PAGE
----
Oldest DNA Extracted from Animal Remains Found in Dmanisi
The world’s leading scientific journal Nature devotes an article to the new discovery which is linked to the archaeological site of Dmanisi, South Georgia, titled “Early Pleistocene enamel proteome from Dmanisi resolves Stephanorhinus phylogeny“.
The article reports that the scientists successfully sequenced DNA data from a tooth of an ancient rhinoceros found in Dmanisi archaeological site, shifting the date of the oldest genetic information recovered from animal fossils back by a million years.
“Our findings reveal that proteomic investigation of ancient dental enamel—which is the hardest tissue invertebrates, and is highly abundant in the fossil record—can push the reconstruction of molecular evolution further back into the Early Pleistocene epoch, beyond the currently known limits of ancient DNA preservation”, – the scientists claim.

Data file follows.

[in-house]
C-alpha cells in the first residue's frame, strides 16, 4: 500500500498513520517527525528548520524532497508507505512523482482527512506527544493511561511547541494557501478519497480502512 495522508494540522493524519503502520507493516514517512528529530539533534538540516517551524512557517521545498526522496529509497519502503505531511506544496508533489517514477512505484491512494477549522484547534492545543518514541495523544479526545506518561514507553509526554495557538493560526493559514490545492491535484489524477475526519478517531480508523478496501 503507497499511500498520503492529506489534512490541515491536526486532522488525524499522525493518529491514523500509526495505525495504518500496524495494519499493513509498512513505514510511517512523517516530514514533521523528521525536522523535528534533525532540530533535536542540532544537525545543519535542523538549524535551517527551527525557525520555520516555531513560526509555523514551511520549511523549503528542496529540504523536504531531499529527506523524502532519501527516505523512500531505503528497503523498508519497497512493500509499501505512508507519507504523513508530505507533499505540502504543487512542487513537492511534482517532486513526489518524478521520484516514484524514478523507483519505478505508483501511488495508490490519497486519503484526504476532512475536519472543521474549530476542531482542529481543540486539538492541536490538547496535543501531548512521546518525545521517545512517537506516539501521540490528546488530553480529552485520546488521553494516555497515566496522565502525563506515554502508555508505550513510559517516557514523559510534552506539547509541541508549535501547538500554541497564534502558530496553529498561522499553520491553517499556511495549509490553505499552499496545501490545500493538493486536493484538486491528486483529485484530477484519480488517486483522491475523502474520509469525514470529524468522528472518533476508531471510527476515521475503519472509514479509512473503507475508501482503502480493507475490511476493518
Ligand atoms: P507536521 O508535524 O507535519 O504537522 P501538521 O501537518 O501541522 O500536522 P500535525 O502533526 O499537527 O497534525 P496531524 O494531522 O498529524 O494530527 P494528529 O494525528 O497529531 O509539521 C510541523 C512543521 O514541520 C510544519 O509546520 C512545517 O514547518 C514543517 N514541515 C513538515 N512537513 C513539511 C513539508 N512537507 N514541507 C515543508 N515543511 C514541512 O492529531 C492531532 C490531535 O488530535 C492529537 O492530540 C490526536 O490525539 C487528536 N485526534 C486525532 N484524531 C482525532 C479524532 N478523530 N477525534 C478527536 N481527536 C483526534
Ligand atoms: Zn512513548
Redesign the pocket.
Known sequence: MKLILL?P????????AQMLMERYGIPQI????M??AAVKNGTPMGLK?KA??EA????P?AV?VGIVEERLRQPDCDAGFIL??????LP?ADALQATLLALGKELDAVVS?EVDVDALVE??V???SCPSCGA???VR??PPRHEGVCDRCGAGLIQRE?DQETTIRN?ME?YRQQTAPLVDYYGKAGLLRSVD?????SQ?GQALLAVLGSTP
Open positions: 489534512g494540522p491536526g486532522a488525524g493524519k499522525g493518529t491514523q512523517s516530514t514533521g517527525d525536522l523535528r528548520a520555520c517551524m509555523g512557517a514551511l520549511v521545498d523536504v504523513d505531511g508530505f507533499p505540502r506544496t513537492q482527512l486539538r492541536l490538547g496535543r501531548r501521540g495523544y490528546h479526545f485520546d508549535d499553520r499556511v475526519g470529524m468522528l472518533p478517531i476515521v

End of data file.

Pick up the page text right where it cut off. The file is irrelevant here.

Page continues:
Until now, the earliest DNA sequenced from animal fossils was considered to be the one from remains of a horse dated back 700,000 years and discovered in north-western Canada.
An article from the University of Cambridge called the study a “breakthrough in the field of ancient biomolecular studies” which “could solve some of the biggest mysteries of animal and human biology”.
Dmanisi is a town and archaeological site in the Kvemo Kartli region of Georgia approximately 93 km southwest of the nation’s capital Tbilisi. The hominin site is dated to 1.8 million years ago. It was the earliest known evidence of hominins outside Africa before stone tools dated to 2.1 million years were discovered in 2018 in Shangchen, China.
Photo: Georgian National Museum
By Ana Dumbadze
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